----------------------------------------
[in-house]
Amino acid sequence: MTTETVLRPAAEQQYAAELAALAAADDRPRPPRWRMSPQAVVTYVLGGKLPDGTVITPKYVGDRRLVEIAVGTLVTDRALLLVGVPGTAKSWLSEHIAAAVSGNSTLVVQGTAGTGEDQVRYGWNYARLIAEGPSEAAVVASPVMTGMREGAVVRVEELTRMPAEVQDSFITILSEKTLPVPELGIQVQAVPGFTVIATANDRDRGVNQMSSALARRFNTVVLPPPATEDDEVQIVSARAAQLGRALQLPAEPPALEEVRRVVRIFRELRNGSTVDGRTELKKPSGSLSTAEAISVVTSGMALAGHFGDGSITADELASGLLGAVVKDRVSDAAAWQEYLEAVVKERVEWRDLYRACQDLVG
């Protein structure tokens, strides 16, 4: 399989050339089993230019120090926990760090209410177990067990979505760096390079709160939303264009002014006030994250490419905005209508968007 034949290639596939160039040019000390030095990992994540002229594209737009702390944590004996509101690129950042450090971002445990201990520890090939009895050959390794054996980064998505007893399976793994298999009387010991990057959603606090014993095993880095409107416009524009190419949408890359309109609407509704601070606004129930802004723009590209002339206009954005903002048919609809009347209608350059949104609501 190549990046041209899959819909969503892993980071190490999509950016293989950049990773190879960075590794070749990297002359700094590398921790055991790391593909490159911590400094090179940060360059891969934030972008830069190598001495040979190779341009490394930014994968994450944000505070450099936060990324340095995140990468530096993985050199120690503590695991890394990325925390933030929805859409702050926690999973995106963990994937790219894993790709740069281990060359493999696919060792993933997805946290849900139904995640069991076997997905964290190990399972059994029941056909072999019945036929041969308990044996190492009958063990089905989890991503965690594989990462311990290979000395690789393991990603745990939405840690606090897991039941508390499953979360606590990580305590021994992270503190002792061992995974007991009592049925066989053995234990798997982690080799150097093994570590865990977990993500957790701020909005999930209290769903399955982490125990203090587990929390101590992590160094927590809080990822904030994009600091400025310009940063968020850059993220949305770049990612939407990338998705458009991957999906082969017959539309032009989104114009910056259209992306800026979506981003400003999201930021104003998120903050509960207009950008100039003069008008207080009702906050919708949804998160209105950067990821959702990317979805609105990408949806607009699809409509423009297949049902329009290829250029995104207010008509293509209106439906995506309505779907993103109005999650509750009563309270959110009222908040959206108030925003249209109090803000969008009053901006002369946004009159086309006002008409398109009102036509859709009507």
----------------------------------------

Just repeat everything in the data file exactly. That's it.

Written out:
[in-house]
Amino acid sequence: MTTETVLRPAAEQQYAAELAALAAADDRPRPPRWRMSPQAVVTYVLGGKLPDGTVITPKYVGDRRLVEIAVGTLVTDRALLLVGVPGTAKSWLSEHIAAAVSGNSTLVVQGTAGTGEDQVRYGWNYARLIAEGPSEAAVVASPVMTGMREGAVVRVEELTRMPAEVQDSFITILSEKTLPVPELGIQVQAVPGFTVIATANDRDRGVNQMSSALARRFNTVVLPPPATEDDEVQIVSARAAQLGRALQLPAEPPALEEVRRVVRIFRELRNGSTVDGRTELKKPSGSLSTAEAISVVTSGMALAGHFGDGSITADELASGLLGAVVKDRVSDAAAWQEYLEAVVKERVEWRDLYRACQDLVG
């Protein structure tokens, strides 16, 4: 399989050339089993230019120090926990760090209410177990067990979505760096390079709160939303264009002014006030994250490419905005209508968007 034949290639596939160039040019000390030095990992994540002229594209737009702390944590004996509101690129950042450090971002445990201990520890090939009895050959390794054996980064998505007893399976793994298999009387010991990057959603606090014993095993880095409107416009524009190419949408890359309109609407509704601070606004129930802004723009590209002339206009954005903002048919609809009347209608350059949104609501 190549990046041209899959819909969503892993980071190490999509950016293989950049990773190879960075590794070749990297002359700094590398921790055991790391593909490159911590400094090179940060360059891969934030972008830069190598001495040979190779341009490394930014994968994450944000505070450099936060990324340095995140990468530096993985050199120690503590695991890394990325925390933030929805859409702050926690999973995106963990994937790219894993790709740069281990060359493999696919060792993933997805946290849900139904995640069991076997997905964290190990399972059994029941056909072999019945036929041969308990044996190492009958063990089905989890991503965690594989990462311990290979000395690789393991990603745990939405840690606090897991039941508390499953979360606590990580305590021994992270503190002792061992995974007991009592049925066989053995234990798997982690080799150097093994570590865990977990993500957790701020909005999930209290769903399955982490125990203090587990929390101590992590160094927590809080990822904030994009600091400025310009940063968020850059993220949305770049990612939407990338998705458009991957999906082969017959539309032009989104114009910056259209992306800026979506981003400003999201930021104003998120903050509960207009950008100039003069008008207080009702906050919708949804998160209105950067990821959702990317979805609105990408949806607009699809409509423009297949049902329009290829250029995104207010008509293509209106439906995506309505779907993103109005999650509750009563309270959110009222908040959206108030925003249209109090803000969008009053901006002369946004009159086309006002008409398109009102036509859709009507």